Will Kentucky clerk's jailing move needle on debate over religious liberty?

A federal judge on Thursday held Rowan County clerk Kim Davis in contempt and ordered her jailed after her repeated refusals to sign marriage licenses for all eligible couples, including same-sex ones.

Timothy D. Easley/AP
Rowan County Clerk Kim Davis (r.) talks with David Moore following her office's refusal to issue marriage licenses at the Rowan County Courthouse in Morehead, Ky., Tuesday. On Thursday, a federal judge held Davis in contempt and ordered her jailed for refusing to comply with a federal ruling.

On Friday, the Rowan County, Ky., clerk’s office will be open for business and issuing marriage licenses for the first time since June.

The clerk, meanwhile, is in jail. 

At a hearing Thursday in Ashland, Ky., Federal District Judge David Bunning found Kim Davis, an Apostolic Christian at the heart of the same-sex marriage controversy, in contempt for refusing to honor a United States Supreme Court ruling that made gay marriages legal throughout the country. Ms. Davis has cited “God’s authority” in her refusal to do her official duty.

Her arrest came after repeated refusals by Davis to heed Judge Bunning’s orders to commence signing marriage licenses for all eligible couples, including same-sex ones. Davis is one of three county clerks in Kentucky to refuse to issue marriage licenses since the Supreme Court ruling in June.

Before Davis became the first person to be jailed for failing to obey the Supreme Court’s Obergefell ruling, some 1,000 dueling protesters flocked to the courthouse in Ashland. “I’ve weighed the cost, and I’m prepared to go to jail, I sure am,” Davis told Fox News on Thursday. “This is a fight worth fighting.”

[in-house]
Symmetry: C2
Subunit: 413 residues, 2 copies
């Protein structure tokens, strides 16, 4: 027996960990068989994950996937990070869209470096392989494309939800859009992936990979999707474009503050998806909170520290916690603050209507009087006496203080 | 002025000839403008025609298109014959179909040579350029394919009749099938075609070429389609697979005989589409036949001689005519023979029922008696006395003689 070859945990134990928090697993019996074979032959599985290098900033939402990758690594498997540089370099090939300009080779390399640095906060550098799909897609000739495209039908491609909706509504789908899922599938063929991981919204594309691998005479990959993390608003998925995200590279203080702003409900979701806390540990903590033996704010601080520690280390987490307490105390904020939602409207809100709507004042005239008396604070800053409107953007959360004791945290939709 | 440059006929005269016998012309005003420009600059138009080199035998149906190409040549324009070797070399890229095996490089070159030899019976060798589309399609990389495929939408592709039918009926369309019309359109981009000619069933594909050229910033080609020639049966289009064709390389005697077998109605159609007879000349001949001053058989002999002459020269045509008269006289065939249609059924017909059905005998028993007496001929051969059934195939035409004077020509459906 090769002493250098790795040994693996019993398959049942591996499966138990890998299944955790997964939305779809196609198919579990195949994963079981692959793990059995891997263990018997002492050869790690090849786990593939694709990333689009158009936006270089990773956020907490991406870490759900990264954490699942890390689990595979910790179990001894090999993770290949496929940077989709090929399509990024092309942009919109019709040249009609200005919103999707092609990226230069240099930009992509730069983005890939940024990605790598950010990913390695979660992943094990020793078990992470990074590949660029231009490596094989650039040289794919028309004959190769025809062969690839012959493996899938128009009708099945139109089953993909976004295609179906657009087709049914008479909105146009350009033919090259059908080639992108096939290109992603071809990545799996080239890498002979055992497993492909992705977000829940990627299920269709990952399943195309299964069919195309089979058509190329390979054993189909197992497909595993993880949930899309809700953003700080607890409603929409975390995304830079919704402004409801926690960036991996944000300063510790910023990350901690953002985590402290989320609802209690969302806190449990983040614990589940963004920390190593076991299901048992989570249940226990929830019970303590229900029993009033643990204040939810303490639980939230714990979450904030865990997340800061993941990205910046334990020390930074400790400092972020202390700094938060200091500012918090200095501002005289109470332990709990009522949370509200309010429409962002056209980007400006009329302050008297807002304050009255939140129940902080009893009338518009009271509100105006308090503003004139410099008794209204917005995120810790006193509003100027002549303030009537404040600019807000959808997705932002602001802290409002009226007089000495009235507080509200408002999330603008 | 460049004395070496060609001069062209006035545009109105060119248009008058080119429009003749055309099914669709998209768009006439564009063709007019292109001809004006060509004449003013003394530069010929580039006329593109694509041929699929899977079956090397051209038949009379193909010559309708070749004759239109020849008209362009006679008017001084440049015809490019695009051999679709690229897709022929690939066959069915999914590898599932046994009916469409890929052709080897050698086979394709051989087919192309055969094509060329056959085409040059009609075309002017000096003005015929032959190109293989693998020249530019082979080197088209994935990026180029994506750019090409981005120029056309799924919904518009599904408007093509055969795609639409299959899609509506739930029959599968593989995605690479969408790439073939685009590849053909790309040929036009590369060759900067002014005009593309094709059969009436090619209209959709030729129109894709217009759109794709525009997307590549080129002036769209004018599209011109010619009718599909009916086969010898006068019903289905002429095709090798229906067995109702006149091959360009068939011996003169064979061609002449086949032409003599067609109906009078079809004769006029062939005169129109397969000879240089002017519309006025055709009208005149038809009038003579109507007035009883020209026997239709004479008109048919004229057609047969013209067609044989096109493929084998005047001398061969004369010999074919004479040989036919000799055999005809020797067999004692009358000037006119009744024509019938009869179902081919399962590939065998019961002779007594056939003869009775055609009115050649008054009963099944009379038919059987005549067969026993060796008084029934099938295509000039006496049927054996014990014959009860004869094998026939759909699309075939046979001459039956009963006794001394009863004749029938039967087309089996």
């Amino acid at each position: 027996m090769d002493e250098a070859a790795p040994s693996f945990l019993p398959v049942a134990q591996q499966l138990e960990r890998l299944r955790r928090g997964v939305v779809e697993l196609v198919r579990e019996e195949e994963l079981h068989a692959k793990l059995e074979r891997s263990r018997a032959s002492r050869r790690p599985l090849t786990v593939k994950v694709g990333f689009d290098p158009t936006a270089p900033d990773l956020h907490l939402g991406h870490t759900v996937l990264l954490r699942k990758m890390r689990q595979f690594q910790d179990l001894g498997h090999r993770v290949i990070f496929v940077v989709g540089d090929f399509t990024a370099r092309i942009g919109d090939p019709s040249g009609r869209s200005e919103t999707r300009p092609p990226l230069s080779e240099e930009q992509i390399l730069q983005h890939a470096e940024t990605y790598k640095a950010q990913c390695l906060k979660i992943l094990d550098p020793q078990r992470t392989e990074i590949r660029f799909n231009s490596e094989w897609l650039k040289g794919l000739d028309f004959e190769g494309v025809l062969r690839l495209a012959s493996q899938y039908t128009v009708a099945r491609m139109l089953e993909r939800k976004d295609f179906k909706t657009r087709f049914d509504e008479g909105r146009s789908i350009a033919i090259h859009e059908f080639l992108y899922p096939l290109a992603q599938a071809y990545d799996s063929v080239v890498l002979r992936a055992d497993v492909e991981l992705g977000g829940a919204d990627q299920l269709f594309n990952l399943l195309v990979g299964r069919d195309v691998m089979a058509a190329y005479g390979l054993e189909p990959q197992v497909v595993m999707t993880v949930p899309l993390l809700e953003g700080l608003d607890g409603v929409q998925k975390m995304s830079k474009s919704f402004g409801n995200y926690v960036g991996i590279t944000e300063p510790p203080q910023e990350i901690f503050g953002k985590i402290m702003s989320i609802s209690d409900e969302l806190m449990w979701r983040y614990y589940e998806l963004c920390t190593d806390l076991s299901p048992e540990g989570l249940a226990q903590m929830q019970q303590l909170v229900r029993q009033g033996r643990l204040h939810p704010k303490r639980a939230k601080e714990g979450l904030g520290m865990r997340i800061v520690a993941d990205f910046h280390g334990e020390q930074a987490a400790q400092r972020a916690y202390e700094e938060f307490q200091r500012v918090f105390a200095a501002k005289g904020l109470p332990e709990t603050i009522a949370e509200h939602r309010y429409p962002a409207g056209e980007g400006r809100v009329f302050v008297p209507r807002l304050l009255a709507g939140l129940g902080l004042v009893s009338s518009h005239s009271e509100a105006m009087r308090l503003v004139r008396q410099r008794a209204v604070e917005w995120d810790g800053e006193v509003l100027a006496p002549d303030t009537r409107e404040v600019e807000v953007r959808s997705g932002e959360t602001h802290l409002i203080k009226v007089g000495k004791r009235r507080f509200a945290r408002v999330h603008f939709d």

Bunning said Davis will remain in federal custody until she agrees to issue the licenses. According to state law, deputies can sign the documents if the head clerk is incapacitated.

Perhaps most crucially, Davis’s decision to stand her ground on what she says is a “Heaven or Hell decision” is already resonating around the country. At the least, she has galvanized politicians trying to appeal to the evangelical vote, a key primary audience in critical early Southern states. 

The legal case against Davis is simple: It says a government official can’t put their own private beliefs ahead of their official duties, no matter how personally repugnant they might find them. 

Yet Davis’s defiance has become the focal point for a broader debate over religious liberty. Her supporters say they are testing the breadth to which religious Americans can hew to a higher authority than the Constitution. The three Kentucky clerks note that their oath of office includes the words “so help me God,” first added to official oaths by President George Washington.

“I think [Davis’s arrest] moves the needle on the religious liberty debate,” says John Eastman, a Chapman University constitutional scholar, comparing Davis’s stance to civil rights leader Martin Luther King Jr.’s decision to spend time in a Birmingham, Ala., jail rather than abide by what he deemed an unlawful judicial order to stop picketing. “Remember, lot of other ministers chastised King for taking a stand in Birmingham, but he said that when you refuse to comply with an illegitimate law, you should be willing to take the consequences in hope that by doing so you will call attention to the injustice of the act.”